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What is process documentation, and why do I need it?

How to boost companywide accountability and performance by updating your business process-documentation procedures

By the team at SlackSeptember 21st, 2021

In 2020, the Covid-19 pandemic upended everything we thought we knew about work. And as we continue to move forward, it has become clear that flexibility and agility are more critical to modern businesses than ever before.

To manage different tasks, companies run on processes, or repeatable and easy-to-execute steps. Documenting process has always been a key part of project management, contributing heavily to company success. But as you create new processes for the post-pandemic world, now is an excellent time to reevaluate and improve your business process-documentation procedures.

What is process documentation?

A process guide is a step-by-step document that explains how to do something in your business. For example, it might explain exactly how to transition an aspect of your data from legacy servers to the cloud. It might take the form of a policy, a tutorial or a flow chart. It could live in your business plan, your company handbook, your new-hire training manual or your cloud-based standard operating procedures.

Process documentation is the act of capturing or documenting all of the steps in a particular task. Ideally, it should happen in real time. As employees perform a task, they document each step they take. Ongoing process documentation, followed by regular process review, helps staff and managers learn what works and what doesn’t, helping everyone adapt the process guides as the business evolves.

Speech bubble with gears and a wrench

Why do we document processes?

Process documentation is an important part of making sure certain tasks are done consistently and efficiently. Major advantages of process documentation include:

  • Improving processes. Are there unnecessary steps? Is someone involved who doesn’t need to be, or should someone else be looped in? How does the process fit into the overall business strategy? During process review, you can answer these and similar questions with the latest data in hand.
  • Reducing confusion. Process documentation helps remove ambiguity from your work. Who is supposed to do task X, Y or Z? What is the end goal? How should it be done? Referring to the latest process documentation ensures all employees are on the same page. It can also help new employees get up to speed more quickly.
  • Preservation. Maybe your CEO has an encyclopedic knowledge of all the major processes in your office, or a top performer has a knack for figuring out the best way to accomplish any new task. What happens when that person leaves the company? Process documentation enables a smoother transition.
  • Analysis. How can you know if a new method works better than the old if there isn’t a concrete record of how both processes are performed? Process documentation lets you complete apples-to-apples comparisons of different methodologies.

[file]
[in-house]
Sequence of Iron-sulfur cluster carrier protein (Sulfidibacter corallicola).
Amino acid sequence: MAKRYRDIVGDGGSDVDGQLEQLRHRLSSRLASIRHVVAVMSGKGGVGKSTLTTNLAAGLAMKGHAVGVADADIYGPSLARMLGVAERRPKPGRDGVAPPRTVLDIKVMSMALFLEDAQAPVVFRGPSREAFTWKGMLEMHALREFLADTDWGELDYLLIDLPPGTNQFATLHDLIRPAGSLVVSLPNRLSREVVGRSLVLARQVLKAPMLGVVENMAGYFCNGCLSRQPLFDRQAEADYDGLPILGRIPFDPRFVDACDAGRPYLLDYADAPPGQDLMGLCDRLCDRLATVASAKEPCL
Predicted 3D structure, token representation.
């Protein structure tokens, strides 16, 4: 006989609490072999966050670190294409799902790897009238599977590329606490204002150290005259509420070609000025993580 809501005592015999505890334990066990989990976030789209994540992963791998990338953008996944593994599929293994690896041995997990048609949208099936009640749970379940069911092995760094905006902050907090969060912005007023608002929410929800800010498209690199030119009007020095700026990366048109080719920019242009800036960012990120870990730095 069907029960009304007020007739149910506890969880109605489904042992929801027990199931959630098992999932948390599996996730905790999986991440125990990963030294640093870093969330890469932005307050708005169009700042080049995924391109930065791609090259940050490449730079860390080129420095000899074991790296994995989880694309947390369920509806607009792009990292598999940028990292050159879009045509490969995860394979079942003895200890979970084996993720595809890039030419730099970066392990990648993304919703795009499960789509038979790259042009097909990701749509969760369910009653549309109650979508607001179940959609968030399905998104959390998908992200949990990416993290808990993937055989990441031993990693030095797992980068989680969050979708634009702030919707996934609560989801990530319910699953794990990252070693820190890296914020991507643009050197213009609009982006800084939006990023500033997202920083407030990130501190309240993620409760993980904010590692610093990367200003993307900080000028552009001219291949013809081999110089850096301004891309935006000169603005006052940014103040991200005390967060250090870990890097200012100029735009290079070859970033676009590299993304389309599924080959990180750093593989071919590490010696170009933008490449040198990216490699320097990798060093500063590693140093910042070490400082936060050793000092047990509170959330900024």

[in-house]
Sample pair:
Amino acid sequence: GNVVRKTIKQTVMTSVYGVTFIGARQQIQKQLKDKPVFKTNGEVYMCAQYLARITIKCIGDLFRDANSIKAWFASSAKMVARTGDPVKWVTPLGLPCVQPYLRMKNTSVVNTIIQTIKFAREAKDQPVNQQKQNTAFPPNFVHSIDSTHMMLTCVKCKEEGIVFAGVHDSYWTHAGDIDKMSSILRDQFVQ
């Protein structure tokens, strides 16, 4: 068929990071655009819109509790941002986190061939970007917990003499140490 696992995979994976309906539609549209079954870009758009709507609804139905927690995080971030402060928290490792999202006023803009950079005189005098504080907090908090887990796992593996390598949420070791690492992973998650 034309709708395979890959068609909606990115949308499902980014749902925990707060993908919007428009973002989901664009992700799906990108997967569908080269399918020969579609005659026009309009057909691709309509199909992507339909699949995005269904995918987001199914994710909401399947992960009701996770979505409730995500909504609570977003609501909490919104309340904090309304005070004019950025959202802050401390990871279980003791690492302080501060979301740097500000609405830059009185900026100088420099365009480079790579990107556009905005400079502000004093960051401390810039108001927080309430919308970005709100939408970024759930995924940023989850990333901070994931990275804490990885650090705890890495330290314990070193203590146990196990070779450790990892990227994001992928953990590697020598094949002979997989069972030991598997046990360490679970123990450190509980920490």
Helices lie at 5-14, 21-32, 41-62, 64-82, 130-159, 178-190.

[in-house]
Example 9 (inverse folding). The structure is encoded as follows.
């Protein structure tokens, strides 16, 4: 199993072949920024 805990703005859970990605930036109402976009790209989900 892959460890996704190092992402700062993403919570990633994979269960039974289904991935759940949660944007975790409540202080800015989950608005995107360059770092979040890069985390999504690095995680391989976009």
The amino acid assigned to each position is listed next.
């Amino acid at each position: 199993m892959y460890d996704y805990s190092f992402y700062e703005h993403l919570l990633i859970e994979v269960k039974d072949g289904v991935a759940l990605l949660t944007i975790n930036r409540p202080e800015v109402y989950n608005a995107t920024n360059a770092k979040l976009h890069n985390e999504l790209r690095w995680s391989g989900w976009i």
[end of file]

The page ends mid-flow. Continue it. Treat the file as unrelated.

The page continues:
There are many different methods of documenting processes, from written documents to templates to automated software solutions. You can even integrate process documentation as part of a comprehensive approach to productivity and project management. Your methods may change over time as your company grows.

How to document a process

No matter which method you use, there are a few key steps to process documentation.

1. Identify the process

First, identify the process you are documenting. Give it a clear name and objective.

2. Place boundaries

Document the start and end points of the process. What triggers it to begin, and how do you know when it’s over? For example, the process might start when you realize your app’s home screen looks dated and end when you send the updated version to all customers.

3. List the expected result

What should happen at the end of the process? This might be something like, “The finished app rolls out to end users,” or “The software update pushes to all registered users without hiccups.”

4. Detail the inputs

Note what materials and equipment are necessary to complete the process. This could be as simple as your assembly line and robotic assistants, or as complex as your legacy servers, private cloud and multiple platforms.

5. Walk through the process

You can brainstorm how it might work, but it’s better to perform the entire process from beginning to end. For example, you might want to walk through the sales funnel to see if any elements were left out during the mock-up phase. Remember, if a button isn’t on the wireframe, engineering won’t build it!

6. Determine who is involved

List the people who play a role in completing the process. This typically encompasses only those who perform the task, but you can also note who the decision makers are for that process.

7. Utilize your process documentation system

Carefully copy all of your notes into your process documentation system. Review all the details to make sure you didn’t miss anything.

Final thoughts

For many companies, process guides are static documents that soon become outdated and of little use. But ongoing process documentation gives you the real-time information you need to analyze and improve your processes over time.

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